“I really love what I’m doing. There’s a sense of home for those customers that are the expats or the people that have lived in England,” she said. “There’s something comforting about being around the accents and everything you’d been used to growing up. …Bringing childhood memories is fun and a very satisfying career.”

Anyone who’s from Great Britain, had lived there for any amount of time or just wants to sample a different cuisine and find unique gifts can almost certainly find what they’re looking for at the shop in Historic Norcross.

If you’re not familiar with what HP sauce should go on, or what’s the proper bacon for an English breakfast or the right cakes for afternoon tea, Aguilar and her staff can help you out.

“We do it all the time,” she said. “We had one man who was a huge Ted Lasso fan and wanted all the food that they ate on the show.”

And of course, Taste of Britain was able to accommodate him.

Taste of Britain
73 S. Peachtree St., Norcross
Open 10 a.m.-6 p.m., Monday-Saturday

Daughters of the British Empire

After moving to Georgia, Rukhsana Aguilar discovered there was a Georgia chapter of The Daughters of the British Empire, a charitable, non-profit, non-political, non-sectarian, voluntary American society of women of British or Commonwealth birth or ancestry. Its members are professionals, businesswomen and homemakers with common interests and heritage, who meet regularly for business and social events with the common cause of philanthropy.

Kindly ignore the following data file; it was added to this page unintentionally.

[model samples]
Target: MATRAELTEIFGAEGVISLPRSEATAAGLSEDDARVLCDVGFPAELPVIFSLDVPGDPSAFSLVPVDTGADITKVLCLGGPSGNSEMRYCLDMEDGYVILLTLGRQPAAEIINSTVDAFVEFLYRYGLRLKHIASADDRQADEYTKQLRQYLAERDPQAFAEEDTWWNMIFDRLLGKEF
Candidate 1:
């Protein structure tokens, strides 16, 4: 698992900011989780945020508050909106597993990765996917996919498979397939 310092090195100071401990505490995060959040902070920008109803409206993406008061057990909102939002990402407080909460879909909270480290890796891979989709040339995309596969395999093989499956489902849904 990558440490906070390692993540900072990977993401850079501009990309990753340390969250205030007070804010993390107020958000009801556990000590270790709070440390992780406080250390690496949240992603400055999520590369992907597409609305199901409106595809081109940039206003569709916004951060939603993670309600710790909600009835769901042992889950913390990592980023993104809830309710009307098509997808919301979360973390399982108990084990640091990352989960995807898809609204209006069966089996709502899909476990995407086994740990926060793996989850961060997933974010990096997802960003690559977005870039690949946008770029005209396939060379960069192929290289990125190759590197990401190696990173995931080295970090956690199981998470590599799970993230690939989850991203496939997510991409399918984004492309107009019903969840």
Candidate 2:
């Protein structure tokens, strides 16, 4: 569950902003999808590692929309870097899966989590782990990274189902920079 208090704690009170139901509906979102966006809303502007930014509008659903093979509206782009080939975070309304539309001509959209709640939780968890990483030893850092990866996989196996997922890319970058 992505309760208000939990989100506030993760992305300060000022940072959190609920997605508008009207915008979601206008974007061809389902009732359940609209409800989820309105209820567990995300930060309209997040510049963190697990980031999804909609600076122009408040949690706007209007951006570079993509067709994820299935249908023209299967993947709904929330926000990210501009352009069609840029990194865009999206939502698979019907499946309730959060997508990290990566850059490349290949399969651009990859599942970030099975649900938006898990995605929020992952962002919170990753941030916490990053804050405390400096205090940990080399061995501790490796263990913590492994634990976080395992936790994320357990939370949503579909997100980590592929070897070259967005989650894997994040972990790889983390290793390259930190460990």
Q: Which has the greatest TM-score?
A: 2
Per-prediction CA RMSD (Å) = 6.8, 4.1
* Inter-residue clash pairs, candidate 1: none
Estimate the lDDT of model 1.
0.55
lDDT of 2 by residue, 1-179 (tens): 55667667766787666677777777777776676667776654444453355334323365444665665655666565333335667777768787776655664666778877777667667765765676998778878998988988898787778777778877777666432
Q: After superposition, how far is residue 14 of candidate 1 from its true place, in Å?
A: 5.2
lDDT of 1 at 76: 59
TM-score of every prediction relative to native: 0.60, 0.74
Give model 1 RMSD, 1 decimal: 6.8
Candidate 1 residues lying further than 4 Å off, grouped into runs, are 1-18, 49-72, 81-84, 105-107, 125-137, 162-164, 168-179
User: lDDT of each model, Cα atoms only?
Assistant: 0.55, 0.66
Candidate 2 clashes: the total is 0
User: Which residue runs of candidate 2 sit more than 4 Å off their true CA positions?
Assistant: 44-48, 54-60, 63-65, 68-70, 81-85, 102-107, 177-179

Founded in the United States in 1909 as the Imperial Order, Daughters of the Empire in the U.S.A., the organization became the National Society, Daughters of the British Empire in the U.S.A. in 1920.

“It was originally started to raise funds for English war brides who married Americans, moved to the States and were widowed when their husbands died in the war,” said Aguilar. “So then, this wife was often left with no kids. When they got old, there was nowhere for them to go [and nobody to take care of them]. This senior citizens’ home was created for them.”

There are no more war brides now, but the home is still in existence. It is now open to everybody. “But we’re still in the group, 20 years later, and we’re still raising funds for this home that we support,” she said.

A fundraiser tea earlier this year in celebration of Queen Elizabeth II’s Platinum Jubilee brought in 160 attendees and raised about $6,000 for the charity.

A bit of trivia

Queen Elizabeth II is the longest reigning monarch in British history. Her Platinum Jubilee was the first in the nation’s history. If she makes it to No. 75, it will be called her Diamond Jubilee; No. 80, Oak Jubilee; No. 90, Granite Jubilee.

Although the 100th anniversary is often called a centennial, experts predict that if she lives that long and remains queen, Brits will find a fancier name for the celebration of the woman who would be 127 years old.

Arlinda Smith Broady
Arlinda Smith Broady

Arlinda Smith Broady is part of the Boomerang Generation of Blacks that moved back to the South after their ancestors moved North. With approximately three decades of journalism experience (she doesn’t look it), she’s worked in tiny, minority-based newsrooms to major metropolitans. At every endeavor she brings professionalism, passion, pluck, and the desire to spread the news to the people.